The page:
4. Newmania
    Posted October 31, 2017 at 6:19 am | Permalink

    The sub text is not very sub is it . What politician , in the opiniooin of John Redwood, might not have looked the part or had Cameron`s social advantages but, in his own opinion , was right about everything and “should ” have been PM …. gosh who could he mean ?
    I think I may have an inkling, but he and his resentments will be glad to know I am wasting no more of my time trying to slap sense into the dead eyed Brexit believers . Get on with your nutty religion I am getting on with my life

    Toodleoo

    • sm
      Posted October 31, 2017 at 6:51 am | Permalink

      Your absence from this blog will be unmourned, by me at least.

    • Fedupsoutherner
      Posted October 31, 2017 at 6:57 am | Permalink

      Newmania. Well, that’s cheered a lot of us up this morning.

    • zorro
      Posted October 31, 2017 at 7:27 am | Permalink

      Yay! 👍😁….. You do mean it?

      zorro

      • Mitchel
        Posted October 31, 2017 at 10:28 am | Permalink

        I expect,like Ed Mahony,who has had more comebacks than Cher and Barry Manilow combined,he will find a return irresistible.

        I’m surprised he didn’t sign off like Christopher Lee at the end of those old Fu Manchu films,intoning menacingly :”The world shall hear from me again”!

    • Glenn Vaughan
      Posted October 31, 2017 at 7:53 am | Permalink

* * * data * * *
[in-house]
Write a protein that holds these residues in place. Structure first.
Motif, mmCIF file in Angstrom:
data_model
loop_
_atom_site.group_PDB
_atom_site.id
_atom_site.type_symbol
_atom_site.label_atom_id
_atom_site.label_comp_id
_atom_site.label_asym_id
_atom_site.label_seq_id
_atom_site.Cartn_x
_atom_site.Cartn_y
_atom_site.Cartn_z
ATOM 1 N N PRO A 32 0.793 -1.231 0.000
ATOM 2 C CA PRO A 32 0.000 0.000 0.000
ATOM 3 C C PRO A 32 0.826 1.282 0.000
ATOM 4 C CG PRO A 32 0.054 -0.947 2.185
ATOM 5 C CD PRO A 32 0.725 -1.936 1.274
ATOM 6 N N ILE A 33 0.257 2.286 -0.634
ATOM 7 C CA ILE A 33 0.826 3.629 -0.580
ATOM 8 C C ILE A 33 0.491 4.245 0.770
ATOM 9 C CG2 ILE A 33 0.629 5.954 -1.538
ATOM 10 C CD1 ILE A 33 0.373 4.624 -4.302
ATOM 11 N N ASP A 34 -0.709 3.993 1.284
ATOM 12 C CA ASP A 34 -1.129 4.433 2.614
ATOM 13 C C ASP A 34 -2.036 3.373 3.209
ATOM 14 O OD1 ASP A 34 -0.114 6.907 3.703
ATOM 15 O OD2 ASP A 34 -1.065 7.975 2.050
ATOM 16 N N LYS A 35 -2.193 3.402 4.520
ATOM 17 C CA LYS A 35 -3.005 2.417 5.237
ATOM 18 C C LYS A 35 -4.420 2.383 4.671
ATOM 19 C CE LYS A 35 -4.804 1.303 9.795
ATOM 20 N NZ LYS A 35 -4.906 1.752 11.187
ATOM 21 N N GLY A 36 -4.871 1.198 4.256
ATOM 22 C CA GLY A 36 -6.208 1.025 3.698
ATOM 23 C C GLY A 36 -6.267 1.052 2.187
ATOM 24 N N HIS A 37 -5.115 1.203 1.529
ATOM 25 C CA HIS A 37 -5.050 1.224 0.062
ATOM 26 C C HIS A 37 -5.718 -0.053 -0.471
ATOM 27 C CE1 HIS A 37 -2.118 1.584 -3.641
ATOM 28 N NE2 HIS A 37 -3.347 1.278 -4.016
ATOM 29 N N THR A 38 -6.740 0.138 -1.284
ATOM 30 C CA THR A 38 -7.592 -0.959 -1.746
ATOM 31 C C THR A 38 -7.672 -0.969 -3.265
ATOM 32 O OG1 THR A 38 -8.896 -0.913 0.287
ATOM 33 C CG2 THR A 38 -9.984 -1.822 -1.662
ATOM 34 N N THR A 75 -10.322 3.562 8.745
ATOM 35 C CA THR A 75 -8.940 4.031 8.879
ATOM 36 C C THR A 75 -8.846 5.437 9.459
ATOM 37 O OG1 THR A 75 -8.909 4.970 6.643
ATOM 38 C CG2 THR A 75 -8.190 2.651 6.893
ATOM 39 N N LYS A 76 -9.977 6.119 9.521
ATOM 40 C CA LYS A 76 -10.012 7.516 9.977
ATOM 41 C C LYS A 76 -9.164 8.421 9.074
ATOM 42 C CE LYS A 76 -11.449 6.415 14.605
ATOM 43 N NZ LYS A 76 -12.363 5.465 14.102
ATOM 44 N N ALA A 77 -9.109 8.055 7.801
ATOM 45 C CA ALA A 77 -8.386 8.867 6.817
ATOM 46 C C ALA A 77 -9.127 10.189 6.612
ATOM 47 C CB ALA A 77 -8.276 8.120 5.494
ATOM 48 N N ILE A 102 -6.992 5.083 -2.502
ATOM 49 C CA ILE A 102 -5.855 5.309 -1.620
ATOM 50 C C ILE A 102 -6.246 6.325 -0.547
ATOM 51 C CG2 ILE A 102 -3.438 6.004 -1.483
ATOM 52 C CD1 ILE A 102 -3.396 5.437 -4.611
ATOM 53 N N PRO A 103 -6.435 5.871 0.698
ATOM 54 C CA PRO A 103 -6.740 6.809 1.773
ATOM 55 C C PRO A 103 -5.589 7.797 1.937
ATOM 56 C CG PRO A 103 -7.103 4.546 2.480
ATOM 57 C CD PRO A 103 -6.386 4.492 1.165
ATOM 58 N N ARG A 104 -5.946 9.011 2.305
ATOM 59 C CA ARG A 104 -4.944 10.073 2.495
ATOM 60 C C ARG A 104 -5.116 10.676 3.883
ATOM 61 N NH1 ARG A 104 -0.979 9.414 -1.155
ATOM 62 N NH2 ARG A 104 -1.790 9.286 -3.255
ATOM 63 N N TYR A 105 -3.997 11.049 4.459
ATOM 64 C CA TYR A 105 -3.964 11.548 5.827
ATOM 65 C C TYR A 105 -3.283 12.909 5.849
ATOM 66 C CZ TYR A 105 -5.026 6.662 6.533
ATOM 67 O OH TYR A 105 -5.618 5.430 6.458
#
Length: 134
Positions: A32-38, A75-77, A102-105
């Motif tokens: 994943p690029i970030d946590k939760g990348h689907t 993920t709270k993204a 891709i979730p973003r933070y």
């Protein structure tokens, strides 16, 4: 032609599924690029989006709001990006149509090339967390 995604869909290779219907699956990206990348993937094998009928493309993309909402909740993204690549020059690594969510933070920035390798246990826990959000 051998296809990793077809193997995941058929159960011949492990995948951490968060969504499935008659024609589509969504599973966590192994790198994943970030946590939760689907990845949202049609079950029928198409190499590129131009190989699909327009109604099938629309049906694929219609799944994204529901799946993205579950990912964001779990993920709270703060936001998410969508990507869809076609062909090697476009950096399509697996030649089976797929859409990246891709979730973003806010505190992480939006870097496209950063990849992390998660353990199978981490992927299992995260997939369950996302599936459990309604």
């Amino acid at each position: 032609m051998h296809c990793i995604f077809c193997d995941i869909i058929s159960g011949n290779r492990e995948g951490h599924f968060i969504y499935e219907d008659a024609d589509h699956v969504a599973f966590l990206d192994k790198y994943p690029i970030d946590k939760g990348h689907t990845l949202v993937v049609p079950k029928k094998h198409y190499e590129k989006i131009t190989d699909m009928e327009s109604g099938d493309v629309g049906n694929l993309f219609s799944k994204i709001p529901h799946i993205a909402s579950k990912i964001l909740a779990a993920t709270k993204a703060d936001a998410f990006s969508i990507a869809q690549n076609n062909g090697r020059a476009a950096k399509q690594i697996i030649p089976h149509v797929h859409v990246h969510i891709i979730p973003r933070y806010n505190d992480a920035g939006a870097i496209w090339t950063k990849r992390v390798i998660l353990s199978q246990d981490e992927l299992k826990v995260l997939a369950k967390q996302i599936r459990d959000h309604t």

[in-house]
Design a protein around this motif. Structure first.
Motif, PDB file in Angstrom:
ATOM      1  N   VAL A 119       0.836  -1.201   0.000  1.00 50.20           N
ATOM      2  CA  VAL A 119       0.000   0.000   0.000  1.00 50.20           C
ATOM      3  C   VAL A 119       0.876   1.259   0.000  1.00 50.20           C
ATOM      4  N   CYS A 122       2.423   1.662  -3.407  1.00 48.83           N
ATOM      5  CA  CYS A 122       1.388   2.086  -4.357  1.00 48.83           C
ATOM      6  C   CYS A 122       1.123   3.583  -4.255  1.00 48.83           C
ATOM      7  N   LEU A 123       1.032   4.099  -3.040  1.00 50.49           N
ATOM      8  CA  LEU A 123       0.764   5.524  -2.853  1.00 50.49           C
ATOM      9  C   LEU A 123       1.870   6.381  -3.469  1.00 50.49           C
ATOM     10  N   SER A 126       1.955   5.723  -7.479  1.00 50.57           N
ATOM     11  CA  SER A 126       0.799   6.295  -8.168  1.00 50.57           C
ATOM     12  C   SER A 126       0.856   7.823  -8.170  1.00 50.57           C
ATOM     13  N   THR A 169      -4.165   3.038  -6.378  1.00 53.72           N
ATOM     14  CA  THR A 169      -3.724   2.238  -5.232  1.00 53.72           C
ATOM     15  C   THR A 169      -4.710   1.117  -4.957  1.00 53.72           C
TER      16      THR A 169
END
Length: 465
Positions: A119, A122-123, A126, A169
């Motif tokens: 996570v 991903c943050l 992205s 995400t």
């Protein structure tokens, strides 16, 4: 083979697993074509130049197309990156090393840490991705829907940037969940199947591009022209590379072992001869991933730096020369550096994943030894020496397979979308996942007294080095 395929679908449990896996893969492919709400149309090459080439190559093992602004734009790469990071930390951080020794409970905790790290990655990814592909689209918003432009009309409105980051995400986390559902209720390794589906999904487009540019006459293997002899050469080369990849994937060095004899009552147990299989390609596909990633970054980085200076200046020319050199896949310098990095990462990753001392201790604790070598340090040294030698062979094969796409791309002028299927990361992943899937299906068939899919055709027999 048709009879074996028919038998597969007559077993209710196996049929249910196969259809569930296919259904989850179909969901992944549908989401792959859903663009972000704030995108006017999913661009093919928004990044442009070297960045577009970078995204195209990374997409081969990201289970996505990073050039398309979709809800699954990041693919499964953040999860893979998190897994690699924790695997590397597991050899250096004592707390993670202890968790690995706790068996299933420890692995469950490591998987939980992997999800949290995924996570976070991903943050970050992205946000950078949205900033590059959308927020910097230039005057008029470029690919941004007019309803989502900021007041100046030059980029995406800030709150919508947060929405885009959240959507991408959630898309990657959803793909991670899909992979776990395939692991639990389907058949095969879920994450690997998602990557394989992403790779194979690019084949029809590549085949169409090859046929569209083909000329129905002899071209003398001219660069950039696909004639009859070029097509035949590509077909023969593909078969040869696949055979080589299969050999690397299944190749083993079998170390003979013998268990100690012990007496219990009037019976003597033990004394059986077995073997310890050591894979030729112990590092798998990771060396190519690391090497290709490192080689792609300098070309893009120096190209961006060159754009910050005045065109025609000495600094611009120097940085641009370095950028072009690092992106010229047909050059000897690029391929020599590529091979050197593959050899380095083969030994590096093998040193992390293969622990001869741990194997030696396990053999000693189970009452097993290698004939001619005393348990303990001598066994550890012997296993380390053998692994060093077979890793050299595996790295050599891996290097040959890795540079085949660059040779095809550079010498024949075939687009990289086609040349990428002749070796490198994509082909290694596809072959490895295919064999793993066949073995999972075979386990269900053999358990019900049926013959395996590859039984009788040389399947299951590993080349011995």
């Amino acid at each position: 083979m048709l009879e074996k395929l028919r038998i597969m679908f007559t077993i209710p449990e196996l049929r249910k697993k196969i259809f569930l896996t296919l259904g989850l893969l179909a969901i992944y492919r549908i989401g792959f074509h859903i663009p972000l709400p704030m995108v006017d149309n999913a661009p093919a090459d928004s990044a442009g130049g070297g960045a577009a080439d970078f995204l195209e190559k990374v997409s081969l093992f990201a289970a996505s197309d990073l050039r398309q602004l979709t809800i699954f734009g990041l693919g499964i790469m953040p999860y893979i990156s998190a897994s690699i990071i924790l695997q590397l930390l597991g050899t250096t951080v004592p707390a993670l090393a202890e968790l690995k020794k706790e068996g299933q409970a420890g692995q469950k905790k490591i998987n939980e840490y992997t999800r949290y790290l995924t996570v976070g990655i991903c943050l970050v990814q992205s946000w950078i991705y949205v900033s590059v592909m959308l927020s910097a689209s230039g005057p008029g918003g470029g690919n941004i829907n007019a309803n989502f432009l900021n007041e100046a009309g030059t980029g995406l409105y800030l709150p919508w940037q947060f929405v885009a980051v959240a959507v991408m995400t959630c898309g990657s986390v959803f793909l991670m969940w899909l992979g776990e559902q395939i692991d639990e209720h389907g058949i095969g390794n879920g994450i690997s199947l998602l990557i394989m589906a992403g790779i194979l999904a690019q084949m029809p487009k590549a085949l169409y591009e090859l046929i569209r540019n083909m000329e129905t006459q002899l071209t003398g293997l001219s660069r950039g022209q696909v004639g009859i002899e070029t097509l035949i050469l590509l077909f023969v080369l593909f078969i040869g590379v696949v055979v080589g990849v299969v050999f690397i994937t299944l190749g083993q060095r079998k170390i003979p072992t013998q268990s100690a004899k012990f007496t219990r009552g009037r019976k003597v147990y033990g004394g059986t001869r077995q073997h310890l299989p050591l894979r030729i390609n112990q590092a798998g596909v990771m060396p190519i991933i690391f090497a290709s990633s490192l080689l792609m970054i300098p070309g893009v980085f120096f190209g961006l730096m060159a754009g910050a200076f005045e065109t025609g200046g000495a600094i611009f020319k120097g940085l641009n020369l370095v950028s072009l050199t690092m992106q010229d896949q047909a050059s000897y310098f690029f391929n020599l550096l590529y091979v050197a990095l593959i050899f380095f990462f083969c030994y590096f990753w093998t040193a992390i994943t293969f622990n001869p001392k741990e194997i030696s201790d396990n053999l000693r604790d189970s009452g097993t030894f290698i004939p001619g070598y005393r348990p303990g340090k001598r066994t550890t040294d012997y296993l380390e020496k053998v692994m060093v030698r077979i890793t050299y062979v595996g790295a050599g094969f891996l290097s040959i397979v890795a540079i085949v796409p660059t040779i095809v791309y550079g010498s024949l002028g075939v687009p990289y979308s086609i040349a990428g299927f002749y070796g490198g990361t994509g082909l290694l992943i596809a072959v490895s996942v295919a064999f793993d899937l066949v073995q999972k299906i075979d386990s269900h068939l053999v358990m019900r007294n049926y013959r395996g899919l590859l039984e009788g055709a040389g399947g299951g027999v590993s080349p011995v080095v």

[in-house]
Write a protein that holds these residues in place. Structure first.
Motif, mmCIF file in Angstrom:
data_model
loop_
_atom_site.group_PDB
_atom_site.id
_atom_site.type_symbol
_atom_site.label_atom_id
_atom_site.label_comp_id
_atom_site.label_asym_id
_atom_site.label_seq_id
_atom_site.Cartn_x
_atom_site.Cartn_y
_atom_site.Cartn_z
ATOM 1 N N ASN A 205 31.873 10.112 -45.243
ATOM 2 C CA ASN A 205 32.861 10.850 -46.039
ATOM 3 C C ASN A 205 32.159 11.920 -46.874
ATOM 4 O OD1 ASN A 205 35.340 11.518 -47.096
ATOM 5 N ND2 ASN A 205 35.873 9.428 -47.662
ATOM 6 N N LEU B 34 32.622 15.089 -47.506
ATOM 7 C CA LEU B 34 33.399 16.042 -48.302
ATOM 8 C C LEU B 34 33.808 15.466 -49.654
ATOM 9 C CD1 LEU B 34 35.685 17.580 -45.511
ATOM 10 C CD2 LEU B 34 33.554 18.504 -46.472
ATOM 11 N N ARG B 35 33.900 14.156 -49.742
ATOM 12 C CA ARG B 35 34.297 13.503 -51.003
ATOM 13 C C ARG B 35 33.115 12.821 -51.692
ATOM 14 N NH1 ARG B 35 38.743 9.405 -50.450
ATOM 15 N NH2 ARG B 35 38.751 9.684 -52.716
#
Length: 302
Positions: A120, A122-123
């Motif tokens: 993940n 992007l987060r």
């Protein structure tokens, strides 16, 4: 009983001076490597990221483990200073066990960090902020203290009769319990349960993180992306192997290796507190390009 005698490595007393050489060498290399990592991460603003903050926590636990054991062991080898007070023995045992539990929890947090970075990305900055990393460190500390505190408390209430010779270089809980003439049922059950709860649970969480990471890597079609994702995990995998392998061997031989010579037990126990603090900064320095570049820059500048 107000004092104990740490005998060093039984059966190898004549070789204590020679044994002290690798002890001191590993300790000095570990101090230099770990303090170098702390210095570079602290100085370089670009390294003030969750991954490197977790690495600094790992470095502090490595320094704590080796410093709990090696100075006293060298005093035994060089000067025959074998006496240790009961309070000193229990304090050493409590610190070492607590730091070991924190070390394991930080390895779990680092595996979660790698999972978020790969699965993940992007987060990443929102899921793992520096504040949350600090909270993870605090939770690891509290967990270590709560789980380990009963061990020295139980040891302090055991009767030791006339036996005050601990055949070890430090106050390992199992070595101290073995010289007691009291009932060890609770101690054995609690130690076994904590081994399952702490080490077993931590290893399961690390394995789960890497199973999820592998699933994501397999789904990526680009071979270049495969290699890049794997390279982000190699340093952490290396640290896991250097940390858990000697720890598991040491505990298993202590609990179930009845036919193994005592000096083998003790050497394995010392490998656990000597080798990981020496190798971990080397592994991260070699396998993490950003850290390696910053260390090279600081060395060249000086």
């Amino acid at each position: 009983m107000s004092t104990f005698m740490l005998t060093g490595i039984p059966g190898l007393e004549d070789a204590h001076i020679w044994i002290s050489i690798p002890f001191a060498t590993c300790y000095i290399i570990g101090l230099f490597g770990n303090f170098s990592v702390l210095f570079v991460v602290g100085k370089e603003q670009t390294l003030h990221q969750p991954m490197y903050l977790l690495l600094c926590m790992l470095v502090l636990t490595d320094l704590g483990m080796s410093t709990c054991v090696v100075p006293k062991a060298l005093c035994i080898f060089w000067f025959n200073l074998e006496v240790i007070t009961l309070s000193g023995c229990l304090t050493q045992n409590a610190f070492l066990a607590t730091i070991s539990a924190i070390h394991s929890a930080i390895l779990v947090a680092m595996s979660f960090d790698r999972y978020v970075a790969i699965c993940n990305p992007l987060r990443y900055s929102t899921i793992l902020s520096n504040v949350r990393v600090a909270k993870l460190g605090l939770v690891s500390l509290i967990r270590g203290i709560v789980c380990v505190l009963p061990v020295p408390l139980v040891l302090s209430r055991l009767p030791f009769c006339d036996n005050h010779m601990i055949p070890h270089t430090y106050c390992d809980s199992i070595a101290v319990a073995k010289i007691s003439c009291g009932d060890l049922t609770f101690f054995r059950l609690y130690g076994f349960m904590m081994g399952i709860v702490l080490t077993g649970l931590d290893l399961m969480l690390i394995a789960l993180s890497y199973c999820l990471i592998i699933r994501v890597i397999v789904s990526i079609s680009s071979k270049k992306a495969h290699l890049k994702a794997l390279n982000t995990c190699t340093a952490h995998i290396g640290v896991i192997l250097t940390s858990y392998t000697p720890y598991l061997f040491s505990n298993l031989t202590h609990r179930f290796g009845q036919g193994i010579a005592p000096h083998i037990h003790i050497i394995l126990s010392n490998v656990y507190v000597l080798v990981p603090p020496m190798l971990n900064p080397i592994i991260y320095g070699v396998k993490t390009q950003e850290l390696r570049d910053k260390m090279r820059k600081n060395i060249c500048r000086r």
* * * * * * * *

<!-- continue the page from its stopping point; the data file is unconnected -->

NewmaniaC

      My sympathy goes to the next forum that will be infected with your nonsense.

    • Oggy
      Posted October 31, 2017 at 7:58 am | Permalink

      Excellent news. Toddleoo.

    • eeyore
      Posted October 31, 2017 at 8:07 am | Permalink

      Well, I’ll be sorry to see Newmania go – if he does. The drive to comment is not so easily suppressed. As usual, his observations today contain just enough sense to make them provocative without having enough to make them remotely realistic.

      JR has given us a very unusual post today. He normally looks forward, not back, and eschews personalities. But politics is the most human of activities and the character of individuals is at its heart. I’m glad he has relaxed his own rule a little.

      • stred
        Posted October 31, 2017 at 2:25 pm | Permalink

        He will return when the meds are reduced.

    • Anonymous
      Posted October 31, 2017 at 10:10 am | Permalink

      What Mr Newmania fails to realise is this:

      The £350m Battle Bus claim is nothing.

      The Cameron Tories won a surprise majority because of the offer of an EU referendum and guess what – only people who wanted to leave the EU wanted a referendum. Those who wanted to stay in the EU didn’t want a referendum (they were already in it.)

      The Battle Bus had nothing to do with the result. Minds were made up long before hand. Once the referendum starting gun had been fired Leavers were raring to go.

      Why ?

      No borders = No country.

      It’s not about dislike of foreigners but of liking ourselves and loving our country and countryside. The EU has been diversifying and crowding us out of existence and it doesn’t stop until this country is as shit as everywhere else and no-one bothers to come anymore.

      Only dead eyed people think about money – Leavers are above that and I’m proud to be one.

    • Turboterrier.
      Posted October 31, 2017 at 10:24 am | Permalink

      @ Newmania

      Get on with your nutty religion.